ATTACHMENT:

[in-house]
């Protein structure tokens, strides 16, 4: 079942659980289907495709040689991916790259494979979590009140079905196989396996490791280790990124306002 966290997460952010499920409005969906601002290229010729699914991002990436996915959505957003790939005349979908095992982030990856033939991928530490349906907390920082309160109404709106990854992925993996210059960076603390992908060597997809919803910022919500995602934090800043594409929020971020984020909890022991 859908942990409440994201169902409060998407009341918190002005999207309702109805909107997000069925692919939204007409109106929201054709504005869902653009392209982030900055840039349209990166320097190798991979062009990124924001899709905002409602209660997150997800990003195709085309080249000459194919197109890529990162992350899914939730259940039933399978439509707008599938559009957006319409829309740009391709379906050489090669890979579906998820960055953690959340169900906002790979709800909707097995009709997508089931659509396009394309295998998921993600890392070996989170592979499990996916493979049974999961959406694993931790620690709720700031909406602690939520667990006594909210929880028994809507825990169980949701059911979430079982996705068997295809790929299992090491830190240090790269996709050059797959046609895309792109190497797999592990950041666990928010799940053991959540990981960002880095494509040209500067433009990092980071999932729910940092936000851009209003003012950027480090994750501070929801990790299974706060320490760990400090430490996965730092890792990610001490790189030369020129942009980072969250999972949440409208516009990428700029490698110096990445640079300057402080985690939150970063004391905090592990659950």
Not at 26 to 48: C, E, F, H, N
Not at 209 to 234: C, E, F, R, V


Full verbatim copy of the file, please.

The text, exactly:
[in-house]
């Protein structure tokens, strides 16, 4: 079942659980289907495709040689991916790259494979979590009140079905196989396996490791280790990124306002 966290997460952010499920409005969906601002290229010729699914991002990436996915959505957003790939005349979908095992982030990856033939991928530490349906907390920082309160109404709106990854992925993996210059960076603390992908060597997809919803910022919500995602934090800043594409929020971020984020909890022991 859908942990409440994201169902409060998407009341918190002005999207309702109805909107997000069925692919939204007409109106929201054709504005869902653009392209982030900055840039349209990166320097190798991979062009990124924001899709905002409602209660997150997800990003195709085309080249000459194919197109890529990162992350899914939730259940039933399978439509707008599938559009957006319409829309740009391709379906050489090669890979579906998820960055953690959340169900906002790979709800909707097995009709997508089931659509396009394309295998998921993600890392070996989170592979499990996916493979049974999961959406694993931790620690709720700031909406602690939520667990006594909210929880028994809507825990169980949701059911979430079982996705068997295809790929299992090491830190240090790269996709050059797959046609895309792109190497797999592990950041666990928010799940053991959540990981960002880095494509040209500067433009990092980071999932729910940092936000851009209003003012950027480090994750501070929801990790299974706060320490760990400090430490996965730092890792990610001490790189030369020129942009980072969250999972949440409208516009990428700029490698110096990445640079300057402080985690939150970063004391905090592990659950």
Not at 26 to 48: C, E, F, H, N
Not at 209 to 234: C, E, F, R, V